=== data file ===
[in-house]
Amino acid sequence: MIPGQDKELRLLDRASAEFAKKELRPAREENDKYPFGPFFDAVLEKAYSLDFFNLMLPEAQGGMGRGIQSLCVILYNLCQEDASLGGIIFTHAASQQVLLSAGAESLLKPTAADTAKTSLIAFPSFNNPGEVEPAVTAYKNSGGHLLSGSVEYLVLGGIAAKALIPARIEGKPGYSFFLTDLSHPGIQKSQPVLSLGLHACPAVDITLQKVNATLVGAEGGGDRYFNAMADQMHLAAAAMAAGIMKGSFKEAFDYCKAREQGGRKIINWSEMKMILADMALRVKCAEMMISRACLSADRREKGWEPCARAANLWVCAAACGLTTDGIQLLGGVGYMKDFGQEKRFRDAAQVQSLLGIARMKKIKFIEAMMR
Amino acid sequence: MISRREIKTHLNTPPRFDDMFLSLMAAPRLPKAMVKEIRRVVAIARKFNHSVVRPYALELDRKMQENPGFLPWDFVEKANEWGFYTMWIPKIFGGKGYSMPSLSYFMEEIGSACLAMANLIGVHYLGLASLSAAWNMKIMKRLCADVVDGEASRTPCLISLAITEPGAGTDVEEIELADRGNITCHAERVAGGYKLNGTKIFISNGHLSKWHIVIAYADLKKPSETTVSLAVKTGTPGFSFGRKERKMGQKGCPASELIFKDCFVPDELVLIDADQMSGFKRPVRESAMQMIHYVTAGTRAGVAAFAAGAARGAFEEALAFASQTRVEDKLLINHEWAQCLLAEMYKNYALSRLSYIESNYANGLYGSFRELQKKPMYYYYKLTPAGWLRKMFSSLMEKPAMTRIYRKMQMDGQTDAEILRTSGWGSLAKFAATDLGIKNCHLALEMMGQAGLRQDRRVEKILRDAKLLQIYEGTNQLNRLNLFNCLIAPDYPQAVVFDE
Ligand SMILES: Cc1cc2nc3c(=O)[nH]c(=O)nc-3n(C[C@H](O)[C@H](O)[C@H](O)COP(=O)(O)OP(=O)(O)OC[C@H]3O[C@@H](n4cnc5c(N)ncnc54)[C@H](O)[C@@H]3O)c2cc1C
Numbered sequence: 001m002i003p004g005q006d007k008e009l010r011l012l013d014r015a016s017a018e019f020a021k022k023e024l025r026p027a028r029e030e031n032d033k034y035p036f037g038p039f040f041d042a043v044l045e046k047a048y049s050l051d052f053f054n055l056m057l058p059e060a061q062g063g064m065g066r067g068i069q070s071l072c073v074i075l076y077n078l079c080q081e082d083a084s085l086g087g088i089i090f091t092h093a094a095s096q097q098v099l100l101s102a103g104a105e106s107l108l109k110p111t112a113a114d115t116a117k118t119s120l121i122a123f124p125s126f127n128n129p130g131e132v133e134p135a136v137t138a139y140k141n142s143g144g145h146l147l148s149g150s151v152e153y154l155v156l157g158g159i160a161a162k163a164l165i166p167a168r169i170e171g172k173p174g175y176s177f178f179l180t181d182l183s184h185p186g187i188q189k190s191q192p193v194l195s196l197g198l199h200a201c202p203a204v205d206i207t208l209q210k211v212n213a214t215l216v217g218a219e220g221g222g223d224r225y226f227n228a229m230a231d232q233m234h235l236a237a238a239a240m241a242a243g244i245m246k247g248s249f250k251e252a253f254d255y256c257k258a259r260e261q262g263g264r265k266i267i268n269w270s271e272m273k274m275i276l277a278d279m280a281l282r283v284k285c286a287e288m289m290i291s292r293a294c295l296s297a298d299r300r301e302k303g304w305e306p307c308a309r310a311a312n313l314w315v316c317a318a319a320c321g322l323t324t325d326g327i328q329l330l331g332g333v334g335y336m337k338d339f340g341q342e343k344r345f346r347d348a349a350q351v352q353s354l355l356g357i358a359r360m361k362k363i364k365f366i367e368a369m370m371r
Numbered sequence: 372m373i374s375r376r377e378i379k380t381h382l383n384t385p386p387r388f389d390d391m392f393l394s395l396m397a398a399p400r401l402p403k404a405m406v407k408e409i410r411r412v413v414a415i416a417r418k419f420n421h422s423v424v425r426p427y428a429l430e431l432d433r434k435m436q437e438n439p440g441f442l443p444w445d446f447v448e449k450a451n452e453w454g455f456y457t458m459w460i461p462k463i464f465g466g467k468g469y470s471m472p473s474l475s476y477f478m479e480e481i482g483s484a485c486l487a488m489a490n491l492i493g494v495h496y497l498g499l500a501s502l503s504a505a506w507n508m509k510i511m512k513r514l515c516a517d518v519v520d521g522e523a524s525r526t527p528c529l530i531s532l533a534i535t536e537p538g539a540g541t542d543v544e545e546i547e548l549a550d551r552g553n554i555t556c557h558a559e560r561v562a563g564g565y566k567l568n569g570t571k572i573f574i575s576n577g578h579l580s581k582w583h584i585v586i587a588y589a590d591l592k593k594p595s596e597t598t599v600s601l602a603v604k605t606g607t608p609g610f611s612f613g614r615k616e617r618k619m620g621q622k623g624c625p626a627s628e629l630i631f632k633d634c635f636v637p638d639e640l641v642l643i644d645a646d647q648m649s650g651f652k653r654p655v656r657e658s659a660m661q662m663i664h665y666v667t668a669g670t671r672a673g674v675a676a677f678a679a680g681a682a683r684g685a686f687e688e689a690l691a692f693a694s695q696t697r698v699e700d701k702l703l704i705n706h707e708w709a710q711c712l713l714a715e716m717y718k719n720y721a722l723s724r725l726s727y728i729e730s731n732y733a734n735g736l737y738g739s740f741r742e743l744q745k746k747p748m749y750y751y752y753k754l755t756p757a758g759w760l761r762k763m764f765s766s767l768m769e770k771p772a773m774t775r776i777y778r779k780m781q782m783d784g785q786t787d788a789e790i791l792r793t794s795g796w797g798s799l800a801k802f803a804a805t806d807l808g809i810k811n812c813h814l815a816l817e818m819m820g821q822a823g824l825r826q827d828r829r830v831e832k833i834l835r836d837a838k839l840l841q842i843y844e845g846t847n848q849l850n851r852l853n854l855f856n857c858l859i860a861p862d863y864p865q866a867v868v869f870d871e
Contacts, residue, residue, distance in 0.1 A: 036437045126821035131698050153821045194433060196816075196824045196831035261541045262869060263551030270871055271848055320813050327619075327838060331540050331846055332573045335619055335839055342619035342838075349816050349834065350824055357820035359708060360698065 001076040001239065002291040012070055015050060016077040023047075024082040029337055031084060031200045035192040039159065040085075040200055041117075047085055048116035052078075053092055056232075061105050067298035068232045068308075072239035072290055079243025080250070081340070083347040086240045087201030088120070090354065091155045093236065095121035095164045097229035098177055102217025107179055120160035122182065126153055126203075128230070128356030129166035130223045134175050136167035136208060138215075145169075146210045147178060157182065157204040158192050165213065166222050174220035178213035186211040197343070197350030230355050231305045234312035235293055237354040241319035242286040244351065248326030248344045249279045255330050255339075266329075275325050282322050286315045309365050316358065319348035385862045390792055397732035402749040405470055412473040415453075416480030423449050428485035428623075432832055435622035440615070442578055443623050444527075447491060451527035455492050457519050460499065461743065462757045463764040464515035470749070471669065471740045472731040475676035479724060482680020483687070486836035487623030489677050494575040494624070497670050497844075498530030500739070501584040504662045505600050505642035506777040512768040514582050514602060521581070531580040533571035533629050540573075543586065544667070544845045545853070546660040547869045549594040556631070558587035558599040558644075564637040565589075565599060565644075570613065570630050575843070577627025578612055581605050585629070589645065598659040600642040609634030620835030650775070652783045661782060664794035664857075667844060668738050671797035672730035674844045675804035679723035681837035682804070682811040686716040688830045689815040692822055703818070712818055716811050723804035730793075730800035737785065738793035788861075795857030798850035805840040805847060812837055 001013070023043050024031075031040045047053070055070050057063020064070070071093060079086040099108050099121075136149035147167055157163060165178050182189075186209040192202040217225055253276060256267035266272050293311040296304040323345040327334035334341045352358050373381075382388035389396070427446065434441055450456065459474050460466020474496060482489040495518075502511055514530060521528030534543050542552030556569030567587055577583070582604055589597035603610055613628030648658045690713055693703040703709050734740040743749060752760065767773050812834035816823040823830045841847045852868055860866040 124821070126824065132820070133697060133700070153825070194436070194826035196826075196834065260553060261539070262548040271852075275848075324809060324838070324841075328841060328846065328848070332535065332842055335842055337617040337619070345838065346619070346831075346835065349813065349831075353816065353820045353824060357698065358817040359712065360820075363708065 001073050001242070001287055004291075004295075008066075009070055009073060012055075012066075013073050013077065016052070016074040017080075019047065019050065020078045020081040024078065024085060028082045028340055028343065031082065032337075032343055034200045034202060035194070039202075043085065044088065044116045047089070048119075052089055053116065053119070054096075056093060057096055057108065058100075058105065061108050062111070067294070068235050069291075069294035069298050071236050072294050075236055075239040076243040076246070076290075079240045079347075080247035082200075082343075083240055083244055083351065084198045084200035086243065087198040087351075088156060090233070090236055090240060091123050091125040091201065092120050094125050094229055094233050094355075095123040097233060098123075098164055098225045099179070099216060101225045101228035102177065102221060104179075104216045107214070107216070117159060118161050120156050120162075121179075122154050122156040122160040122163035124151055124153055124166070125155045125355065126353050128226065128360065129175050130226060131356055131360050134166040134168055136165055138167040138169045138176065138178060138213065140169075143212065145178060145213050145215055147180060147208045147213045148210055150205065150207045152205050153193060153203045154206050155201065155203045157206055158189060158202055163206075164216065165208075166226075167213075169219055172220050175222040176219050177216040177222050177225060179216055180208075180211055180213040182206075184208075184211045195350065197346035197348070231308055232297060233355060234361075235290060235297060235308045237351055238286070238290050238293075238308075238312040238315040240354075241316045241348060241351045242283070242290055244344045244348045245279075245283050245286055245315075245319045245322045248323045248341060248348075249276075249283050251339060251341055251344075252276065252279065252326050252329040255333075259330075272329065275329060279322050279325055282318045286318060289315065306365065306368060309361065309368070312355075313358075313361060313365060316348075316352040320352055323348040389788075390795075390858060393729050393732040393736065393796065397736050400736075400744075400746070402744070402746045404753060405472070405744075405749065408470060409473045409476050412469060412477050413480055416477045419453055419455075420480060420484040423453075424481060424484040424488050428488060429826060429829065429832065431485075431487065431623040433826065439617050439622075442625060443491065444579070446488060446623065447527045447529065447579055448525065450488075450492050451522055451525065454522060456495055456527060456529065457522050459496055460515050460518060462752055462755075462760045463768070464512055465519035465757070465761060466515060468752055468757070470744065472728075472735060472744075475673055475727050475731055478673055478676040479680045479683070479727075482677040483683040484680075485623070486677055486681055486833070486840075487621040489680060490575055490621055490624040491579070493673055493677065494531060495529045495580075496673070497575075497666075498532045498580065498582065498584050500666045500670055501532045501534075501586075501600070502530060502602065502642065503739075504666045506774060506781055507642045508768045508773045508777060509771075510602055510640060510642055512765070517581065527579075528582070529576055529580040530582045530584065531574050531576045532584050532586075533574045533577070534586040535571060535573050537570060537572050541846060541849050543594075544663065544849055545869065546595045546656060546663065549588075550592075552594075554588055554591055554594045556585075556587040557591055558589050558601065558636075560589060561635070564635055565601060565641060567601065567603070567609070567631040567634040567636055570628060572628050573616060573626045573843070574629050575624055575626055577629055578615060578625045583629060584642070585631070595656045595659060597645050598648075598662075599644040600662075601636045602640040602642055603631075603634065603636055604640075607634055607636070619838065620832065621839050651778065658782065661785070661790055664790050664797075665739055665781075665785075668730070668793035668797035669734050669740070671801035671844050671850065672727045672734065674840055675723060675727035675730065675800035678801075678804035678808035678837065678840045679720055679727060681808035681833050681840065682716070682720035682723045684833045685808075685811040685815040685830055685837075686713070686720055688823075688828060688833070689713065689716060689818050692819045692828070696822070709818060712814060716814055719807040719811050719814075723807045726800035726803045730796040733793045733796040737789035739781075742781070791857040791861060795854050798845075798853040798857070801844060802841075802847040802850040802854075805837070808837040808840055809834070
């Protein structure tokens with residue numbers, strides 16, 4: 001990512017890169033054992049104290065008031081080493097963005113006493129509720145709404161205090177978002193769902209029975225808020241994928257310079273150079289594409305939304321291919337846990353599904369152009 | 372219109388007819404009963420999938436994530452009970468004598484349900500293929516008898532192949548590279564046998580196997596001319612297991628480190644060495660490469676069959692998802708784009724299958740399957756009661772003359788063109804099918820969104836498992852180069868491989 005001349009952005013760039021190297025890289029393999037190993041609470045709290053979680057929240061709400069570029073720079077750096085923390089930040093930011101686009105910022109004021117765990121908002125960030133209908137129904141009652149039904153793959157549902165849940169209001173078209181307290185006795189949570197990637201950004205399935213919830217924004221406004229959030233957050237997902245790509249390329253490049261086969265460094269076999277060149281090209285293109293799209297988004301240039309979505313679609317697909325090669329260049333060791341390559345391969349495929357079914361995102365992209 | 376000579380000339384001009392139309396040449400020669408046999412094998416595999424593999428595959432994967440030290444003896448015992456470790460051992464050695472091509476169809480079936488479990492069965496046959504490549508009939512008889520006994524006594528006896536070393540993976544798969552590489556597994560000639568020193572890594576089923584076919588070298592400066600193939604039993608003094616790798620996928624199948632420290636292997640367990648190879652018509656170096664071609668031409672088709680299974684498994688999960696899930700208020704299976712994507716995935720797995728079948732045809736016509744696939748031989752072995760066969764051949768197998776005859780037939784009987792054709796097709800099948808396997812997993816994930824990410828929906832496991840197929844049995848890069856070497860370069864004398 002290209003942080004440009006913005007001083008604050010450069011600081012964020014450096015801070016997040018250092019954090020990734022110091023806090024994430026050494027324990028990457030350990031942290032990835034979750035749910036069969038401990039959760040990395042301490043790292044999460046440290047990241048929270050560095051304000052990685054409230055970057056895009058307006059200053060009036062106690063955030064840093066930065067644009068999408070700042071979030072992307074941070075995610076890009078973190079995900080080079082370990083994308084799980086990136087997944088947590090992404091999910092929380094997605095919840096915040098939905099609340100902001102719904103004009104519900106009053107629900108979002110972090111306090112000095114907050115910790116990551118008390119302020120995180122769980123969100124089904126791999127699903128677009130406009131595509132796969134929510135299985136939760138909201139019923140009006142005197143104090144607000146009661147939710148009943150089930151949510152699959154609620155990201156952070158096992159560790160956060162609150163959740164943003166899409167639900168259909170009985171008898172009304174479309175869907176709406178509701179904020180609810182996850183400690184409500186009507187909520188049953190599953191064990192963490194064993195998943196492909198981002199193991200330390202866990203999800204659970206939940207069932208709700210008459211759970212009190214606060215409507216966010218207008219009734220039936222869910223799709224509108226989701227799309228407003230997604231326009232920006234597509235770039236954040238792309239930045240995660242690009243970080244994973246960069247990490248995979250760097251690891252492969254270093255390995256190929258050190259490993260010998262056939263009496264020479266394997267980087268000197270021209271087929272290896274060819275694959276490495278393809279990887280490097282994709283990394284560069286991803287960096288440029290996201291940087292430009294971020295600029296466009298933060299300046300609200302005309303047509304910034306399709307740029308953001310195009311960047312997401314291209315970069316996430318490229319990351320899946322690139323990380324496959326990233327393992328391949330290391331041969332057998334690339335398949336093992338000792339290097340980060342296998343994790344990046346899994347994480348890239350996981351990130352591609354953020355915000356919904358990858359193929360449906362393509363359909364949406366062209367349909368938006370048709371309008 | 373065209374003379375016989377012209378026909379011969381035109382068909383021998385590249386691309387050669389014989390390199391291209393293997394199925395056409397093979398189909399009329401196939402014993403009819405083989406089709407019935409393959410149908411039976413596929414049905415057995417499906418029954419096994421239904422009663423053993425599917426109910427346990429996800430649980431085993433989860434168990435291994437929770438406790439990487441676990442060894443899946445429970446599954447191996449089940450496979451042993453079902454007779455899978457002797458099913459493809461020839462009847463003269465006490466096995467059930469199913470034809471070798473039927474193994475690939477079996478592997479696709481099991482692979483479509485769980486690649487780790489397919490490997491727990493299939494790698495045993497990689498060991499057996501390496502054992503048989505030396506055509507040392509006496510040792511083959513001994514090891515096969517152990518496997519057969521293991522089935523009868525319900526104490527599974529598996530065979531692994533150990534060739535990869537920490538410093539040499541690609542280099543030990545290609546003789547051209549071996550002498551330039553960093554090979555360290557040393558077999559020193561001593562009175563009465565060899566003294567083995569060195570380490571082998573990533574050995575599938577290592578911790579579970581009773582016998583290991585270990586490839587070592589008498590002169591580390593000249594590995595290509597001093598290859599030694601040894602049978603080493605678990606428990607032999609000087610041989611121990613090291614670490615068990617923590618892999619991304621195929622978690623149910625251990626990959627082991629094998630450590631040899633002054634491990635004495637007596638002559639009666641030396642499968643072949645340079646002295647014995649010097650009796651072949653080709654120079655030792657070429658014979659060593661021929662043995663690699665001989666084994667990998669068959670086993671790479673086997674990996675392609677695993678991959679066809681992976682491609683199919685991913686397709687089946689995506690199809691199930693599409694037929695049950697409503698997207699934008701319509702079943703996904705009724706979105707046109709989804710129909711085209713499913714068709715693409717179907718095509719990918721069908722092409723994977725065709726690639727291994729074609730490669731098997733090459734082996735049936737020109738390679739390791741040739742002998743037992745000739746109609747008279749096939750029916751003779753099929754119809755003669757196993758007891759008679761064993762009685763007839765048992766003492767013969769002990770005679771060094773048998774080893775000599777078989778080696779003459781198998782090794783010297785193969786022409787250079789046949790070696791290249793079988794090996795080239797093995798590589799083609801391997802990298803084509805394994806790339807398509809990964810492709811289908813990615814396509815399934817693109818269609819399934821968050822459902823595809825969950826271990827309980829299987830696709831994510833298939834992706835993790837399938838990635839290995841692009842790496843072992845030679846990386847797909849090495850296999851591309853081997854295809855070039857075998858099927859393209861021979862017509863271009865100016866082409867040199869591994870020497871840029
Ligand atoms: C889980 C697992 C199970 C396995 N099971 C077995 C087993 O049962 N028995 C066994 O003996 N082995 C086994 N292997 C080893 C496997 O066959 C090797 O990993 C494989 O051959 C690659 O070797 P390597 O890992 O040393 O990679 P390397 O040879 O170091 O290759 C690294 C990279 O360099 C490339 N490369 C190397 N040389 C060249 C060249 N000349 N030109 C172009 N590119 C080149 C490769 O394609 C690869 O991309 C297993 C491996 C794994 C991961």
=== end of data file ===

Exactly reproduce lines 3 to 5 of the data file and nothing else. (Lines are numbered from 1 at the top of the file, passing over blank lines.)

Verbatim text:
Amino acid sequence: MISRREIKTHLNTPPRFDDMFLSLMAAPRLPKAMVKEIRRVVAIARKFNHSVVRPYALELDRKMQENPGFLPWDFVEKANEWGFYTMWIPKIFGGKGYSMPSLSYFMEEIGSACLAMANLIGVHYLGLASLSAAWNMKIMKRLCADVVDGEASRTPCLISLAITEPGAGTDVEEIELADRGNITCHAERVAGGYKLNGTKIFISNGHLSKWHIVIAYADLKKPSETTVSLAVKTGTPGFSFGRKERKMGQKGCPASELIFKDCFVPDELVLIDADQMSGFKRPVRESAMQMIHYVTAGTRAGVAAFAAGAARGAFEEALAFASQTRVEDKLLINHEWAQCLLAEMYKNYALSRLSYIESNYANGLYGSFRELQKKPMYYYYKLTPAGWLRKMFSSLMEKPAMTRIYRKMQMDGQTDAEILRTSGWGSLAKFAATDLGIKNCHLALEMMGQAGLRQDRRVEKILRDAKLLQIYEGTNQLNRLNLFNCLIAPDYPQAVVFDE
Ligand SMILES: Cc1cc2nc3c(=O)[nH]c(=O)nc-3n(C[C@H](O)[C@H](O)[C@H](O)COP(=O)(O)OP(=O)(O)OC[C@H]3O[C@@H](n4cnc5c(N)ncnc54)[C@H](O)[C@@H]3O)c2cc1C
Numbered sequence: 001m002i003p004g005q006d007k008e009l010r011l012l013d014r015a016s017a018e019f020a021k022k023e024l025r026p027a028r029e030e031n032d033k034y035p036f037g038p039f040f041d042a043v044l045e046k047a048y049s050l051d052f053f054n055l056m057l058p059e060a061q062g063g064m065g066r067g068i069q070s071l072c073v074i075l076y077n078l079c080q081e082d083a084s085l086g087g088i089i090f091t092h093a094a095s096q097q098v099l100l101s102a103g104a105e106s107l108l109k110p111t112a113a114d115t116a117k118t119s120l121i122a123f124p125s126f127n128n129p130g131e132v133e134p135a136v137t138a139y140k141n142s143g144g145h146l147l148s149g150s151v152e153y154l155v156l157g158g159i160a161a162k163a164l165i166p167a168r169i170e171g172k173p174g175y176s177f178f179l180t181d182l183s184h185p186g187i188q189k190s191q192p193v194l195s196l197g198l199h200a201c202p203a204v205d206i207t208l209q210k211v212n213a214t215l216v217g218a219e220g221g222g223d224r225y226f227n228a229m230a231d232q233m234h235l236a237a238a239a240m241a242a243g244i245m246k247g248s249f250k251e252a253f254d255y256c257k258a259r260e261q262g263g264r265k266i267i268n269w270s271e272m273k274m275i276l277a278d279m280a281l282r283v284k285c286a287e288m289m290i291s292r293a294c295l296s297a298d299r300r301e302k303g304w305e306p307c308a309r310a311a312n313l314w315v316c317a318a319a320c321g322l323t324t325d326g327i328q329l330l331g332g333v334g335y336m337k338d339f340g341q342e343k344r345f346r347d348a349a350q351v352q353s354l355l356g357i358a359r360m361k362k363i364k365f366i367e368a369m370m371r